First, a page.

Sarah Koff tells stories of community, nature, food, and home through woodcut printmaking in the seacoast of New Hampshire. Her collection of large, bold black- and-white woodcuts have different subjects, but together capture life in New England. From a buoy house on the Piscataqua River to a trail along a White Mountain ridgeline, from her flock of backyard chickens to a portrait of a sheep from a nearby wool farm: these are all moments in Sarah’s life as an artist, mother, nature lover, and member of her community.
Formally trained in environmental studies and landscape design, Sarah has used her art/design training and love of nature to inform her subject matter. In this time of social media and virtual reality, Sarah makes woodcuts that aim to remind people where their food comes from, why they should protect clean air and water, and how to build relationships with their neighbors.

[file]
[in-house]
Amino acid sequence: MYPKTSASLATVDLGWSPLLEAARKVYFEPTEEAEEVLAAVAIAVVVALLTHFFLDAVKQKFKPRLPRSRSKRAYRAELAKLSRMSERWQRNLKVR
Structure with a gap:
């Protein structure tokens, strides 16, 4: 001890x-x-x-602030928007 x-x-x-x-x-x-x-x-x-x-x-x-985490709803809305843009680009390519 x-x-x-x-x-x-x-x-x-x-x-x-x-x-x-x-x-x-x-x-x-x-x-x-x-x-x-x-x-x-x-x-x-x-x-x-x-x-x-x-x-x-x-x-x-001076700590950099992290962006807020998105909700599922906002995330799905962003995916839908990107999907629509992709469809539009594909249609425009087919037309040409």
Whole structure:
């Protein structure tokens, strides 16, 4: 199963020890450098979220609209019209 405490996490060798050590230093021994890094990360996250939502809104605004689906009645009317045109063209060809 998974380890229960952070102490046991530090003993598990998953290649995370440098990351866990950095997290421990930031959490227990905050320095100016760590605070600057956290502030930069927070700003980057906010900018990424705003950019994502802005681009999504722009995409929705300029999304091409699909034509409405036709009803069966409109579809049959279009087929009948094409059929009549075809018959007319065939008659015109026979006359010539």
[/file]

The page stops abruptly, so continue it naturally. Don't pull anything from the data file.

Supporting local community and environment is not only a guideline for subject matter but also technique. Sarah uses nontoxic methods of printmaking whenever possible; for example, vegetable oil-based inks that wash out with biodegradable soap and water.
Nature, landscape, farms, New England community
Materials and Techniques
I both hand-print and use a press to create all of my handmade woodcuts. I primarily carve birch plywood and use Caligo vegetable oil-based ink to print on Rives and Masa papers.